Minerva Lewis

Brief Life History of Minerva

When Minerva Lewis was born on 12 November 1896, in Hayes, Nebraska, United States, her father, John Lewis, was 46 and her mother, Callie Louisa Rosa, was 34. She married Charles Arthur Seymour in March 1927, in North Platte, Lincoln, Nebraska, United States. They were the parents of at least 3 sons and 1 daughter. She lived in United States in 1949 and Cambridge, Furnas, Nebraska, United States in 1967. She died on 19 June 1977, in Oxford, Furnas, Nebraska, United States, at the age of 80, and was buried in Palisade Cemetery, Palisade, Hitchcock, Nebraska, United States.

Photos and Memories (5)

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Family Time Line

Charles Arthur Seymour
Minerva Lewis
Marriage: March 1927
Robert Arthur Seymour
Kenneth Seymour
Wilma Rose Seymour
Clifford Charles Seymour

Sources (17)

  • Minervie Seymour, "United States 1950 Census"
  • Legacy NFS Source: Minerva Lewis - Individual or family possessions: birth-name: Minervie Lewis
  • Minervie Lewis Nickerson, "Nebraska Marriages, 1855-1995"

World Events (8)

1898 · War with the Spanish

After the explosion of the USS Maine in the Havana Harbor in Cuba, the United States engaged the Spanish in war. The war was fought on two fronts, one in Cuba, which helped gain their independence, and in the Philippines, which helped the US gain another territory for a time.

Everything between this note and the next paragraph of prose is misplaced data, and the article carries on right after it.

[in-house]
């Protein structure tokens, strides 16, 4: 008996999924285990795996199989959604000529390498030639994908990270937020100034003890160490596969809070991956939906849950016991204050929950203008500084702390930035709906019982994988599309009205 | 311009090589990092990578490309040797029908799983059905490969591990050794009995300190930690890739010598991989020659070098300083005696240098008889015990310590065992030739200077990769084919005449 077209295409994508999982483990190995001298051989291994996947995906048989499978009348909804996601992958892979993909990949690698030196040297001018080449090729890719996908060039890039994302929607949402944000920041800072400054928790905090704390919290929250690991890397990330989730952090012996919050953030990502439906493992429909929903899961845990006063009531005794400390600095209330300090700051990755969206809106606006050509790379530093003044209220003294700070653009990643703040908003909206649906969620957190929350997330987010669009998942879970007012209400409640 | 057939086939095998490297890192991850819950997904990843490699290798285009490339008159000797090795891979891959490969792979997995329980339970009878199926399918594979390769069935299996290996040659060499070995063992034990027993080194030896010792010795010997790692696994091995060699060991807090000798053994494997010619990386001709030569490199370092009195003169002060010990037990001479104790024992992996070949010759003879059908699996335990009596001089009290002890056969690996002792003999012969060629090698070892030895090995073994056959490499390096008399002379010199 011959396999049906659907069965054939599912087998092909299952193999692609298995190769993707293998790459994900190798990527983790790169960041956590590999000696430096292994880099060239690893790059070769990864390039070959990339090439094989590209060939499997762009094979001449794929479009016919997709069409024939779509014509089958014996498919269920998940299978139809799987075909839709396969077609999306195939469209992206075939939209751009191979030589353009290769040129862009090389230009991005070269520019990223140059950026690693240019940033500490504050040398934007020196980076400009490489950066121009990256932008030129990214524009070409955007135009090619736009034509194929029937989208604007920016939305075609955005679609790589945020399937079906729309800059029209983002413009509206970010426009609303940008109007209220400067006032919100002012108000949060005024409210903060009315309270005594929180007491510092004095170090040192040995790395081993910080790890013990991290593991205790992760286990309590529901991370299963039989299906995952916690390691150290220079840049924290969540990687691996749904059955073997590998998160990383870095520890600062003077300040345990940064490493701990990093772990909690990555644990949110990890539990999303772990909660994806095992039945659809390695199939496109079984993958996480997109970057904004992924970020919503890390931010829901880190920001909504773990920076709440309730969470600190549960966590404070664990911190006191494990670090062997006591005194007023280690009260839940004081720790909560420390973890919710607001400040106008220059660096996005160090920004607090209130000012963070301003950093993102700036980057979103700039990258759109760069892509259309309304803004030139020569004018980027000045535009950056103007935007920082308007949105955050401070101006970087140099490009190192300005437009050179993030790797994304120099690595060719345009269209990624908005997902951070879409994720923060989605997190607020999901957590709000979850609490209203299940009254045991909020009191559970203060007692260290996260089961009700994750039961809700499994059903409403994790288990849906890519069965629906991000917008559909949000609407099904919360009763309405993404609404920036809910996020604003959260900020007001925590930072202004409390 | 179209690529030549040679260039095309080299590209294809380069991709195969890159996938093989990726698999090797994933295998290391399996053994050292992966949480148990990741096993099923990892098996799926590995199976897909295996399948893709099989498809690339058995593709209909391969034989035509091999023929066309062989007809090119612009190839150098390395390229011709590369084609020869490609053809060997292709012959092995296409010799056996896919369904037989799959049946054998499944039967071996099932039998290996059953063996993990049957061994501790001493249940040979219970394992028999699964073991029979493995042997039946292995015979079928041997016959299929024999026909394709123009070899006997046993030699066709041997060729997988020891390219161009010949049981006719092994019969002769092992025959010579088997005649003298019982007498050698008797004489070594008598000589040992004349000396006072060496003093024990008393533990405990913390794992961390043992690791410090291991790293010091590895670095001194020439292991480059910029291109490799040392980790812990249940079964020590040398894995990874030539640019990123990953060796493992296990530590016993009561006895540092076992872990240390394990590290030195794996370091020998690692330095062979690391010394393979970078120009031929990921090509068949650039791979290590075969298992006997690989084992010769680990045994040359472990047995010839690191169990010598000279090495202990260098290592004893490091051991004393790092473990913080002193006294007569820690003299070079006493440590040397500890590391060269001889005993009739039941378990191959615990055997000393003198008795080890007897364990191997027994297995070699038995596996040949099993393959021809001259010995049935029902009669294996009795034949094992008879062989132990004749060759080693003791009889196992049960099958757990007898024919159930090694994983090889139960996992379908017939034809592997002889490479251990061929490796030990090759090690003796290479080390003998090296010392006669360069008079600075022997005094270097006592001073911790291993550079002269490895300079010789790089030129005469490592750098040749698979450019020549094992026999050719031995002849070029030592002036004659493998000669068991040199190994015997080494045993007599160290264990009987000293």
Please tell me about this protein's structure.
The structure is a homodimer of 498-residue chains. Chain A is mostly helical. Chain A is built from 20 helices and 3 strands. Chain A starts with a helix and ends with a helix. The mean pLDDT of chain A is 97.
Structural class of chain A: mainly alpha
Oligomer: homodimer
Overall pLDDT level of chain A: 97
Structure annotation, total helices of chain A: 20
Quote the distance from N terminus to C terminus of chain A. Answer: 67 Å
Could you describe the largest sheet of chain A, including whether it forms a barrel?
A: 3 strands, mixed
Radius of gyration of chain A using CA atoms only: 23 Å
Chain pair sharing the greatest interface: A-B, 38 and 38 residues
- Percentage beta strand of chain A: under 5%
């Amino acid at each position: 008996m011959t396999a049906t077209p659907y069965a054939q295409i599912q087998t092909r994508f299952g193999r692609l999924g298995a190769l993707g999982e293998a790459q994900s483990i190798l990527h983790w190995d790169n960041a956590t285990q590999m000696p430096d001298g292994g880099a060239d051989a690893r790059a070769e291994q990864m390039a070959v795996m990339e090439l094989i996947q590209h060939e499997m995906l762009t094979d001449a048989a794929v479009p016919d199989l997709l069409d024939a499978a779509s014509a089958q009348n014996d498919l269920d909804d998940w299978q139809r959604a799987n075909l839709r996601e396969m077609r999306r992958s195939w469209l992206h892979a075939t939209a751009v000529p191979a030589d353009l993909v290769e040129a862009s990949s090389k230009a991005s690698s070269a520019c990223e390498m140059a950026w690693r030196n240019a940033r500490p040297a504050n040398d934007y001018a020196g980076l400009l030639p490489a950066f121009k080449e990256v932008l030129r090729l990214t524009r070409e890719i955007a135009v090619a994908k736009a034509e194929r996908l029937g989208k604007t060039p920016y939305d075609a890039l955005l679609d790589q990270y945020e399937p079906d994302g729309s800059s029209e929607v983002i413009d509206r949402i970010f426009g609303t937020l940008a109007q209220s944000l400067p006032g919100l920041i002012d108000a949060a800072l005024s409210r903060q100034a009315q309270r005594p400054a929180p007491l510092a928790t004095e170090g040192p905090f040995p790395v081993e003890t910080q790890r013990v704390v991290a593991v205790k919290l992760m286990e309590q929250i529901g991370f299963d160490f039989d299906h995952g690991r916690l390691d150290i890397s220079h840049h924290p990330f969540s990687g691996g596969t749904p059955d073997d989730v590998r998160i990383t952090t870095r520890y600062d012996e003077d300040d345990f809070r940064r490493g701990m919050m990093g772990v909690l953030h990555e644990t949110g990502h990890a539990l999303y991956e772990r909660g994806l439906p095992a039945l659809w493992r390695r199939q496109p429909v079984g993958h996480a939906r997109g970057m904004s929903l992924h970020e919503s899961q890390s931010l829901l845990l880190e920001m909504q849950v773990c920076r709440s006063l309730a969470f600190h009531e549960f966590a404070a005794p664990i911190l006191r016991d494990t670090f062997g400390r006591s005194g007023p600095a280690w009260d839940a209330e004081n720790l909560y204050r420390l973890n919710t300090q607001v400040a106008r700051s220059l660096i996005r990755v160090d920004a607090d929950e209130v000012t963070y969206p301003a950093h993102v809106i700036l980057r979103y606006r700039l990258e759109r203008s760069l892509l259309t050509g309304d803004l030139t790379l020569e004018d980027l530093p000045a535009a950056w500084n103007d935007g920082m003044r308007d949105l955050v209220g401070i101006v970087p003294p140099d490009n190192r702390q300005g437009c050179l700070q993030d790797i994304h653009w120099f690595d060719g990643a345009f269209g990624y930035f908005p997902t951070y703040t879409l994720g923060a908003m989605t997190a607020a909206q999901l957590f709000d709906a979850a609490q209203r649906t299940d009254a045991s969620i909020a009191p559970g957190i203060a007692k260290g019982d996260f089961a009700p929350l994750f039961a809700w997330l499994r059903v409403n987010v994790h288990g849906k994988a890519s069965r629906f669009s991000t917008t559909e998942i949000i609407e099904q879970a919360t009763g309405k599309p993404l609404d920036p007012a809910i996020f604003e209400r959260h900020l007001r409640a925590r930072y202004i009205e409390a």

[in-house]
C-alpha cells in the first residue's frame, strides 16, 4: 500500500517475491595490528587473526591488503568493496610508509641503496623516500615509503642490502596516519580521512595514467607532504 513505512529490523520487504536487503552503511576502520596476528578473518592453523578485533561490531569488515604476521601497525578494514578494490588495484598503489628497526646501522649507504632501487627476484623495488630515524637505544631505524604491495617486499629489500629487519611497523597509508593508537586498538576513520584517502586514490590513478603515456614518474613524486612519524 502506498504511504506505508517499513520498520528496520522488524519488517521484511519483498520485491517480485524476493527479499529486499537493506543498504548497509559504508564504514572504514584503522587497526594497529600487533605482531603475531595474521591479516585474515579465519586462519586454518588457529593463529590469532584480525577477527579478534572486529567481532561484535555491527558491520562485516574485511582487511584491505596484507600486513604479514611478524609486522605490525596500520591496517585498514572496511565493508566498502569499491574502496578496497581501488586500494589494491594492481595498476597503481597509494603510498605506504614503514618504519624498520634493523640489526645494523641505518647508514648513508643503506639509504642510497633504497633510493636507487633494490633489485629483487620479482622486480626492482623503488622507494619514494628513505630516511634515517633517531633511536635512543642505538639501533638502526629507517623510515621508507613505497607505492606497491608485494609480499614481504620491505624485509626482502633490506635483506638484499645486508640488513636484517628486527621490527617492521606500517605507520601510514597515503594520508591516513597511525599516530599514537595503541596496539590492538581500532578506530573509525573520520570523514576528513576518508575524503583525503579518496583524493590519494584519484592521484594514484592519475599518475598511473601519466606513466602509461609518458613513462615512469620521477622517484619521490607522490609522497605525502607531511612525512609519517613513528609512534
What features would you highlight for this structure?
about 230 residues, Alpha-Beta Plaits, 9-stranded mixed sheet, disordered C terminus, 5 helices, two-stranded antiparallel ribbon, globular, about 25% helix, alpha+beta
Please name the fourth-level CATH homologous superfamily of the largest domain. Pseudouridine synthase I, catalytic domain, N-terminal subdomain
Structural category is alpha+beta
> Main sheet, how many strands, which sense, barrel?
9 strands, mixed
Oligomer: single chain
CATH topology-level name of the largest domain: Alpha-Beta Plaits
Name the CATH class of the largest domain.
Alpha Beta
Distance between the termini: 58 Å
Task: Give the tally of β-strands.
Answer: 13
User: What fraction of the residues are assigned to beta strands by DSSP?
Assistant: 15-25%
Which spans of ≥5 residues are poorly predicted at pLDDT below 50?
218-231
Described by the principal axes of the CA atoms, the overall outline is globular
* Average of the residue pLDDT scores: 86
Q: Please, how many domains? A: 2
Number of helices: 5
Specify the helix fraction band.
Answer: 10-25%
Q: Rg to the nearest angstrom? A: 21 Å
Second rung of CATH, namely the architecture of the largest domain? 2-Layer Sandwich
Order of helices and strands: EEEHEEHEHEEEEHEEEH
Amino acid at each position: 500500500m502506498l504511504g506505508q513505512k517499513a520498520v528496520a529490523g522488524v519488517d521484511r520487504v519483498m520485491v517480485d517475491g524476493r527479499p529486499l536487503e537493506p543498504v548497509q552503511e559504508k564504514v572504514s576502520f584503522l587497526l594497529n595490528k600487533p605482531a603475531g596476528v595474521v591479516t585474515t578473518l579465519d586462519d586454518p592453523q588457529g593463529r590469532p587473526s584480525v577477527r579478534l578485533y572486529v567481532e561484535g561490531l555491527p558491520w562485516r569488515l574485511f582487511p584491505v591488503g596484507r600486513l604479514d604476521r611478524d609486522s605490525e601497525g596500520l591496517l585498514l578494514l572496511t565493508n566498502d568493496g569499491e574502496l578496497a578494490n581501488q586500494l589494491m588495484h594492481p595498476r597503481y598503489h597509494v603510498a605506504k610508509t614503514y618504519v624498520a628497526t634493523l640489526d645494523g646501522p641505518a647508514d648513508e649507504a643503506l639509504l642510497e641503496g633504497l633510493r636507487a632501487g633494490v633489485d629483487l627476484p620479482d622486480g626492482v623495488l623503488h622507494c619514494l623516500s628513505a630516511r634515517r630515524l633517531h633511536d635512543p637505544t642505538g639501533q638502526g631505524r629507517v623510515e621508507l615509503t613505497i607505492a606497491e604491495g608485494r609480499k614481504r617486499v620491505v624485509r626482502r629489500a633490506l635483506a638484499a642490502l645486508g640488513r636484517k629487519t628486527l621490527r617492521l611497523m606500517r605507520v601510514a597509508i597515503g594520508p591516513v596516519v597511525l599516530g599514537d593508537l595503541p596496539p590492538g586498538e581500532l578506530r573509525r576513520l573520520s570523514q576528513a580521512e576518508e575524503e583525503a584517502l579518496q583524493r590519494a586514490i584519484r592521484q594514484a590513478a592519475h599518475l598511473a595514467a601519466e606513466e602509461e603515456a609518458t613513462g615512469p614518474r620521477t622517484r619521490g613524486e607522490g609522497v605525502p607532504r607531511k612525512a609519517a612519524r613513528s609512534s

1900 · Gold for Cash!

This Act set a price at which gold could be traded for paper money.

1918 · Attempting to Stop the War

To end World War I, President Wilson created a list of principles to be used as negotiations for peace among the nations. Known as The Fourteen Points, the principles were outlined in a speech on war aimed toward the idea of peace but most of the Allied forces were skeptical of this Wilsonian idealism.

Name Meaning

English: from the Middle English, Old French personal name Lewis, Leweis, Lowis, from ancient Germanic (originally West Frankish) Hludwig (itself from hlōd- ‘fame, famous’ + wīg- ‘battle’). This was Latinized as Ludovicus and Chlodovisus, which were gallicized as Clovis or Clouis, French Louis. The name may also appear as Lawis, Laweys, Lawes, by unrounding of the vowel of Lowis on the analogy of the variation between Low and Law as pet forms of Middle English Lourence alias Laurence. This surname is also very common among African Americans. See Laws 2 and compare Lawrence .

Welsh: adopted for the Welsh personal name Llywelyn (see Llewellyn ).

Irish: shortened Anglicized form of Gaelic Mac Lughaidh ‘son of Lughaidh’. This is one of the most common Old Irish personal names. It is derived from Lugh ‘brightness’, which was the name of a Celtic god.

Dictionary of American Family Names © Patrick Hanks 2003, 2006.

Possible Related Names

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